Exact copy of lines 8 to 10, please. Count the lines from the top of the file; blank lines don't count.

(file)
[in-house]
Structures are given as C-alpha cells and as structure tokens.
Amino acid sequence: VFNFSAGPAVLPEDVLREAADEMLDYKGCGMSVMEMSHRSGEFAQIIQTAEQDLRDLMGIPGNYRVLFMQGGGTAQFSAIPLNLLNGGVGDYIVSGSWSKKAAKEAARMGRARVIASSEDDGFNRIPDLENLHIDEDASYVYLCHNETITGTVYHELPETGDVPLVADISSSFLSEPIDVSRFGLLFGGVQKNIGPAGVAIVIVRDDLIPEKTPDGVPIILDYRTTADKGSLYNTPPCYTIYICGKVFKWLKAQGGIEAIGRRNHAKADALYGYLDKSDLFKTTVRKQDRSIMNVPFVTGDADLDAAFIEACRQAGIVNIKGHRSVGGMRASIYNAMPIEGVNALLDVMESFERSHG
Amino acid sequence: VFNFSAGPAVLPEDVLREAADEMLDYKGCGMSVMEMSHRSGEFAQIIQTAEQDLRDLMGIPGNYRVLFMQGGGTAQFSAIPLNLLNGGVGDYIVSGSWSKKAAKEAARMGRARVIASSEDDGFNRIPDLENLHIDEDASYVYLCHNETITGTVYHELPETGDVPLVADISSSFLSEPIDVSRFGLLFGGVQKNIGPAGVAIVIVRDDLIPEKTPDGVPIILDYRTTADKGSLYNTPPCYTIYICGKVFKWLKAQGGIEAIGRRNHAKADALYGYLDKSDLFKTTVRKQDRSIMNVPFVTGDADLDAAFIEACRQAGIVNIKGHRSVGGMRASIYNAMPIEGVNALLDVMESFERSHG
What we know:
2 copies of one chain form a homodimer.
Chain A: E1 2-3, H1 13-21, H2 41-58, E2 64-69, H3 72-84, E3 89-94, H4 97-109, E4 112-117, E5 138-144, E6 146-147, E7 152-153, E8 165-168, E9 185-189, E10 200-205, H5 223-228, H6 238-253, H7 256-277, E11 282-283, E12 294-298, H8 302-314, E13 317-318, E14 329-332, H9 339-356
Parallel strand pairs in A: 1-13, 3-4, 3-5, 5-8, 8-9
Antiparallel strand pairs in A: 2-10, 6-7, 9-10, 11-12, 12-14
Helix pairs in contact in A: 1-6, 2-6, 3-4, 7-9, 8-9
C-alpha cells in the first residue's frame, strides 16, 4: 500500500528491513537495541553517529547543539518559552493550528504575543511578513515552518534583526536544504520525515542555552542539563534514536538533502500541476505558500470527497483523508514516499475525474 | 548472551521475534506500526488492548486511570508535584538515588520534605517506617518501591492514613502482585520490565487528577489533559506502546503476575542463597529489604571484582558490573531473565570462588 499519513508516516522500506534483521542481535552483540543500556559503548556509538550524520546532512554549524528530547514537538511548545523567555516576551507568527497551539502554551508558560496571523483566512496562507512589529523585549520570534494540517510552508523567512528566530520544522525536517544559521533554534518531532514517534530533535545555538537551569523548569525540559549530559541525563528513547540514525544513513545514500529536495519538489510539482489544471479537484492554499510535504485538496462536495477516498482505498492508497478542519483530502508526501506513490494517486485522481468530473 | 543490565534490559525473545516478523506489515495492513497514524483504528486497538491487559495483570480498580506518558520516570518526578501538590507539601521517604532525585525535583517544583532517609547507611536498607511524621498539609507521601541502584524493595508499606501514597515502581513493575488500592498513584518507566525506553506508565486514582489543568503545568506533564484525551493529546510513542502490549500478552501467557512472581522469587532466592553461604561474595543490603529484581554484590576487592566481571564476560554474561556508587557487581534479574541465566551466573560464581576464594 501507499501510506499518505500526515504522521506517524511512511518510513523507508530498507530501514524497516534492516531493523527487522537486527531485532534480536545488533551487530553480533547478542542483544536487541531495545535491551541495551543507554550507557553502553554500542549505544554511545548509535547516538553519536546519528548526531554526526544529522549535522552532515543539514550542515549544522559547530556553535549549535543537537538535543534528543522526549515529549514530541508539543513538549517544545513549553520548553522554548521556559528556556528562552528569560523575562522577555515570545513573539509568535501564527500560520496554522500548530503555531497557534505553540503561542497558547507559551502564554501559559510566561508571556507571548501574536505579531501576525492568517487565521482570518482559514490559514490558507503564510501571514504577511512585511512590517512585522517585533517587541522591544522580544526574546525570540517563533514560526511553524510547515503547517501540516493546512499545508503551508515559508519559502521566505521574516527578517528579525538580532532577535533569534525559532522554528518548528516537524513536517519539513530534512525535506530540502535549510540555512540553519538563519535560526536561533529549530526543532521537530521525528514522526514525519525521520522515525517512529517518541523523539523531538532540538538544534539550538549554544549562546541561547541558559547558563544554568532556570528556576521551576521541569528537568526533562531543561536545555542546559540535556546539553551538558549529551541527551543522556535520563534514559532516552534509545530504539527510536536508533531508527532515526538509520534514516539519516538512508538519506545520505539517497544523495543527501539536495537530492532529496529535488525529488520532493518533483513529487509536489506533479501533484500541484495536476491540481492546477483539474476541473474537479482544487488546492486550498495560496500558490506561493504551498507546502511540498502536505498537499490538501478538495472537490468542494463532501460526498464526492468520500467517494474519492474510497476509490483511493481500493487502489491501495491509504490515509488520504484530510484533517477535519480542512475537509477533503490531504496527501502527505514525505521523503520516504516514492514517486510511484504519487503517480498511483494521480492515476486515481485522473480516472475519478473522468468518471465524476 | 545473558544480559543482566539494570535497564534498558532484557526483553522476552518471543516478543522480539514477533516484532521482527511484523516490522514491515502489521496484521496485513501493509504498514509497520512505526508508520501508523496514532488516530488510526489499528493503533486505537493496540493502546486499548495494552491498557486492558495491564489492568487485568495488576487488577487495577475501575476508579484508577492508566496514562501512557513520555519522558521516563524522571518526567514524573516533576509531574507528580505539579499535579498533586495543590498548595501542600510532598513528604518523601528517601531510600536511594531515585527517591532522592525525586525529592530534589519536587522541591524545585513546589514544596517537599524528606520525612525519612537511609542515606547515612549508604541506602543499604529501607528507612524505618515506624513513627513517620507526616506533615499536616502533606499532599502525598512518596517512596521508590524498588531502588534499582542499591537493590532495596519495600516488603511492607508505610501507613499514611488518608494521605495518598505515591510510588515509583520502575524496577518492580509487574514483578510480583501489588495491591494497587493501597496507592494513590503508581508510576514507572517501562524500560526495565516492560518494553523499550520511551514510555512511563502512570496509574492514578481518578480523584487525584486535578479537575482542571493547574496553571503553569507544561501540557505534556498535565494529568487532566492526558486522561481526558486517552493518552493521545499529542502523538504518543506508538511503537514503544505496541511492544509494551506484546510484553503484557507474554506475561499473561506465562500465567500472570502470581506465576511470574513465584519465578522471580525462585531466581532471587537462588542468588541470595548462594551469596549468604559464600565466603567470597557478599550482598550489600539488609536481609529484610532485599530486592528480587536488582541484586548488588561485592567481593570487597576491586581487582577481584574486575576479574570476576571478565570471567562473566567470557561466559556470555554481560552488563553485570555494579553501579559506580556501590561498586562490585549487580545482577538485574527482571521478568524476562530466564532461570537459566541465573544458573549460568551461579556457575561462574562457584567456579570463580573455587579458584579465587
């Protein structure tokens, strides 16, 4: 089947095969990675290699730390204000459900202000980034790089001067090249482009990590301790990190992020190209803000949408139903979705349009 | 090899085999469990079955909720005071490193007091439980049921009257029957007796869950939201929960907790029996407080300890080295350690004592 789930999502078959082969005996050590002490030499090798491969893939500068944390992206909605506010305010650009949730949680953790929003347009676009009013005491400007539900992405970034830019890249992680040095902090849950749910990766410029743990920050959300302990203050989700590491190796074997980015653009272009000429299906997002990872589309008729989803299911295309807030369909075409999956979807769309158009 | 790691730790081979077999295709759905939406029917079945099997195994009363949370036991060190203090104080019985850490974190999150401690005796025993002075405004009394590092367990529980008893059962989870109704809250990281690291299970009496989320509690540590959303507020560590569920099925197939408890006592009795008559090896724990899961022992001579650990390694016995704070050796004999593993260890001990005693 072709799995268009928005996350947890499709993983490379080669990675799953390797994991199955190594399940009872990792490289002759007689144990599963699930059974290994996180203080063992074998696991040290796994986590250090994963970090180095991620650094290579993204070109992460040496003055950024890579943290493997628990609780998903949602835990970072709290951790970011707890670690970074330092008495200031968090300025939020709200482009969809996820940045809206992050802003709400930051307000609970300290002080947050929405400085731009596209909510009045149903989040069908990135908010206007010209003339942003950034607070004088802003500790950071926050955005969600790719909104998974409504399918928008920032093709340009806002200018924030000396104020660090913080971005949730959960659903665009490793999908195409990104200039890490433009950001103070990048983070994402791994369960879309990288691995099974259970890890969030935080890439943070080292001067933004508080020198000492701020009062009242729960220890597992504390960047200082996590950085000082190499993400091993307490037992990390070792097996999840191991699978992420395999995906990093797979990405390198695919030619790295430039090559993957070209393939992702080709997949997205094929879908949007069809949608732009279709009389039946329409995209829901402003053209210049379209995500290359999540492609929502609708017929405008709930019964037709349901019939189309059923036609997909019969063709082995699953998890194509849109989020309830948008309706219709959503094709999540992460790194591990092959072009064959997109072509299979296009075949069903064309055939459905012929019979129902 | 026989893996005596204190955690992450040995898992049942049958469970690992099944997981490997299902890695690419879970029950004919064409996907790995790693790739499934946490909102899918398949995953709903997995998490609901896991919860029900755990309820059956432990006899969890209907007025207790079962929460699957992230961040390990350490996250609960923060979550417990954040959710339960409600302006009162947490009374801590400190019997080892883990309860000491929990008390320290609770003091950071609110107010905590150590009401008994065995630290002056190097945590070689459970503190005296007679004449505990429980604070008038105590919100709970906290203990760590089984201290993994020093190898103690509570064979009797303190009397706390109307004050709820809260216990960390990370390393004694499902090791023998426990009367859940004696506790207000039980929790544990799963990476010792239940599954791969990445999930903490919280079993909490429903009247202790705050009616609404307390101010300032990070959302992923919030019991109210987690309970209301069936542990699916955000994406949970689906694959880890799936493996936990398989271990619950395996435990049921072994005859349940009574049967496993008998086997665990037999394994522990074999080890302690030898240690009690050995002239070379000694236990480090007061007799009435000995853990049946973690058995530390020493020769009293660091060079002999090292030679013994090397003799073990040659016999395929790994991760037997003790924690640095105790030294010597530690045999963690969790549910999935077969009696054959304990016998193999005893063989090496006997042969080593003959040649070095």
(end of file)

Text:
Parallel strand pairs in A: 1-13, 3-4, 3-5, 5-8, 8-9
Antiparallel strand pairs in A: 2-10, 6-7, 9-10, 11-12, 12-14
Helix pairs in contact in A: 1-6, 2-6, 3-4, 7-9, 8-9